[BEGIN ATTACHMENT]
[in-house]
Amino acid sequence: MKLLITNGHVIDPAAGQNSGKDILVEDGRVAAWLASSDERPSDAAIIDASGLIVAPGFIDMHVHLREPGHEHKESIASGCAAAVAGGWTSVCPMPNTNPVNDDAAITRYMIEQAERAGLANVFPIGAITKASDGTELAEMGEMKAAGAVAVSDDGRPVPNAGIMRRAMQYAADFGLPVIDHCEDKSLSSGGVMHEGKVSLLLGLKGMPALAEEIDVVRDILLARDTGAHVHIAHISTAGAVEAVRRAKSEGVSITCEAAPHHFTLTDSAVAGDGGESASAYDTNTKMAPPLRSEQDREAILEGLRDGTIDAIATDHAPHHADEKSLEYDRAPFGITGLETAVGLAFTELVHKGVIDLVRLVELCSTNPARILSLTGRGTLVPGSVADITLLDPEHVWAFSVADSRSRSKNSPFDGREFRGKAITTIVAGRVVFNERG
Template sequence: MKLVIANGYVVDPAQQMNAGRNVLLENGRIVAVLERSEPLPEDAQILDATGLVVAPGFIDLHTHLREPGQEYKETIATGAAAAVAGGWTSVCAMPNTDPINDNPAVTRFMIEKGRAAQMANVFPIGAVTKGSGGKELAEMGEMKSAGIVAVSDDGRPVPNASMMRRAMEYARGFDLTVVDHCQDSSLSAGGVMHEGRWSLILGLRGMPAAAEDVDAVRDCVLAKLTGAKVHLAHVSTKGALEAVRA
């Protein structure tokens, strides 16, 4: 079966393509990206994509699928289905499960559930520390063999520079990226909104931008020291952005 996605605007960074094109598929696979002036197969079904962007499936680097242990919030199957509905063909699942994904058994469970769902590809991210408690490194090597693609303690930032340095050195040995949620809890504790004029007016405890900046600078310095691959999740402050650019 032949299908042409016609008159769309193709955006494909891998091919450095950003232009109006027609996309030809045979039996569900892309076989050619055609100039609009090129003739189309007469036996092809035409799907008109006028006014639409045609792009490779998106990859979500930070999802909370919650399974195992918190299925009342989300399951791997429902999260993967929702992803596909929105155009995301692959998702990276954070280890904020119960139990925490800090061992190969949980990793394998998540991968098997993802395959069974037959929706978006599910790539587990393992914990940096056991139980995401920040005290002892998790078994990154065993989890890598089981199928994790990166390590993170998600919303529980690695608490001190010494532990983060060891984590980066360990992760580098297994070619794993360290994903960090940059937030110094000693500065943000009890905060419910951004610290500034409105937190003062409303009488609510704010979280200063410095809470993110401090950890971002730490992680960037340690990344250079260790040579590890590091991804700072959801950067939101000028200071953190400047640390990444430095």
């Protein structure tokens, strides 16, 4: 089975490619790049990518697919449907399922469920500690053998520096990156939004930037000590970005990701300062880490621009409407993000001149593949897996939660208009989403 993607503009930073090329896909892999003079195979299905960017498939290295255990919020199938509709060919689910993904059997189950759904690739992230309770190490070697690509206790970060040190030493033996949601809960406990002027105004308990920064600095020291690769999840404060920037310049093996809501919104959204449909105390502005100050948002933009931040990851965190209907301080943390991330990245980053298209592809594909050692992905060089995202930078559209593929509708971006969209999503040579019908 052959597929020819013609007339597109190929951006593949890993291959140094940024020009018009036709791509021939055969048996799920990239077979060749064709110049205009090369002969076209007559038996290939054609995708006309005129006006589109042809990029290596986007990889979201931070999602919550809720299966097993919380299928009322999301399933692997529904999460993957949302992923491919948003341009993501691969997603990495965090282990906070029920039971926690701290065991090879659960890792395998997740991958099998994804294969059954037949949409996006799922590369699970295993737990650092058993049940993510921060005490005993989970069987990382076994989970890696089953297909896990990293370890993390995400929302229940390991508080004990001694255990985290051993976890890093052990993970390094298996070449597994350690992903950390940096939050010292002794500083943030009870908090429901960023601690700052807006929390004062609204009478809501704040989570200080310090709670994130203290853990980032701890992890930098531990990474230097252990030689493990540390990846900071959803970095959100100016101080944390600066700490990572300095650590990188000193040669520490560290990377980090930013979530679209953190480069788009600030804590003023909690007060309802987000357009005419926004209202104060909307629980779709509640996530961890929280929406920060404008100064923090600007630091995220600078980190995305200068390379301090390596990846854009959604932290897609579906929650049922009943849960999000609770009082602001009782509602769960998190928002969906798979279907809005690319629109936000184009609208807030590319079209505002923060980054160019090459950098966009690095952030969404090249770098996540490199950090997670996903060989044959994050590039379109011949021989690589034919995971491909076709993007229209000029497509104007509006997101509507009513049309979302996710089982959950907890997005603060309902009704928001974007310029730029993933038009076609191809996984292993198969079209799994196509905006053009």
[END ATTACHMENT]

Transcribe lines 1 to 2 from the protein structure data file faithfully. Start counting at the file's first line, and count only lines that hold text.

[in-house]
Amino acid sequence: MKLLITNGHVIDPAAGQNSGKDILVEDGRVAAWLASSDERPSDAAIIDASGLIVAPGFIDMHVHLREPGHEHKESIASGCAAAVAGGWTSVCPMPNTNPVNDDAAITRYMIEQAERAGLANVFPIGAITKASDGTELAEMGEMKAAGAVAVSDDGRPVPNAGIMRRAMQYAADFGLPVIDHCEDKSLSSGGVMHEGKVSLLLGLKGMPALAEEIDVVRDILLARDTGAHVHIAHISTAGAVEAVRRAKSEGVSITCEAAPHHFTLTDSAVAGDGGESASAYDTNTKMAPPLRSEQDREAILEGLRDGTIDAIATDHAPHHADEKSLEYDRAPFGITGLETAVGLAFTELVHKGVIDLVRLVELCSTNPARILSLTGRGTLVPGSVADITLLDPEHVWAFSVADSRSRSKNSPFDGREFRGKAITTIVAGRVVFNERG